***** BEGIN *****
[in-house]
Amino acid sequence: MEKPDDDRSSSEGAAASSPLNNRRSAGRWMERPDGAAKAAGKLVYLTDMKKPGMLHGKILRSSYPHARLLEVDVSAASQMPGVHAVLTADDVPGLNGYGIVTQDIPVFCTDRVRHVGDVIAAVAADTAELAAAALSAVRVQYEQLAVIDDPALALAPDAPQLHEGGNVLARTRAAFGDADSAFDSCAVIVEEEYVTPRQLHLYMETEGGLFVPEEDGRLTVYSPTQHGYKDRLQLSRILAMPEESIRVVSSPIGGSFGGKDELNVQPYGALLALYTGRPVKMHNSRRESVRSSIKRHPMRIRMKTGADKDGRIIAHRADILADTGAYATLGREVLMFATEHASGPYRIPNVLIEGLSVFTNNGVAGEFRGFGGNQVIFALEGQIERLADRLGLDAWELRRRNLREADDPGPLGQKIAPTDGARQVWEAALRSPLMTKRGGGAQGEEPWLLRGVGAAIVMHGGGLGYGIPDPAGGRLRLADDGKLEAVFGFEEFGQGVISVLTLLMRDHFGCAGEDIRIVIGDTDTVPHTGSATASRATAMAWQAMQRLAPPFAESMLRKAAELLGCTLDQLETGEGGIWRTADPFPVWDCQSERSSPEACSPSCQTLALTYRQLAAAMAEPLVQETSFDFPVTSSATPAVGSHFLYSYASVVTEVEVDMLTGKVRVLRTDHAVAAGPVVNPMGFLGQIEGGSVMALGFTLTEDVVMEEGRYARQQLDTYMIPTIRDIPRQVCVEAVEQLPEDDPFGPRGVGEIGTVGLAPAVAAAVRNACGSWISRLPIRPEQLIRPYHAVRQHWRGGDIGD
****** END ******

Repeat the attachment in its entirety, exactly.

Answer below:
[in-house]
Amino acid sequence: MEKPDDDRSSSEGAAASSPLNNRRSAGRWMERPDGAAKAAGKLVYLTDMKKPGMLHGKILRSSYPHARLLEVDVSAASQMPGVHAVLTADDVPGLNGYGIVTQDIPVFCTDRVRHVGDVIAAVAADTAELAAAALSAVRVQYEQLAVIDDPALALAPDAPQLHEGGNVLARTRAAFGDADSAFDSCAVIVEEEYVTPRQLHLYMETEGGLFVPEEDGRLTVYSPTQHGYKDRLQLSRILAMPEESIRVVSSPIGGSFGGKDELNVQPYGALLALYTGRPVKMHNSRRESVRSSIKRHPMRIRMKTGADKDGRIIAHRADILADTGAYATLGREVLMFATEHASGPYRIPNVLIEGLSVFTNNGVAGEFRGFGGNQVIFALEGQIERLADRLGLDAWELRRRNLREADDPGPLGQKIAPTDGARQVWEAALRSPLMTKRGGGAQGEEPWLLRGVGAAIVMHGGGLGYGIPDPAGGRLRLADDGKLEAVFGFEEFGQGVISVLTLLMRDHFGCAGEDIRIVIGDTDTVPHTGSATASRATAMAWQAMQRLAPPFAESMLRKAAELLGCTLDQLETGEGGIWRTADPFPVWDCQSERSSPEACSPSCQTLALTYRQLAAAMAEPLVQETSFDFPVTSSATPAVGSHFLYSYASVVTEVEVDMLTGKVRVLRTDHAVAAGPVVNPMGFLGQIEGGSVMALGFTLTEDVVMEEGRYARQQLDTYMIPTIRDIPRQVCVEAVEQLPEDDPFGPRGVGEIGTVGLAPAVAAAVRNACGSWISRLPIRPEQLIRPYHAVRQHWRGGDIGD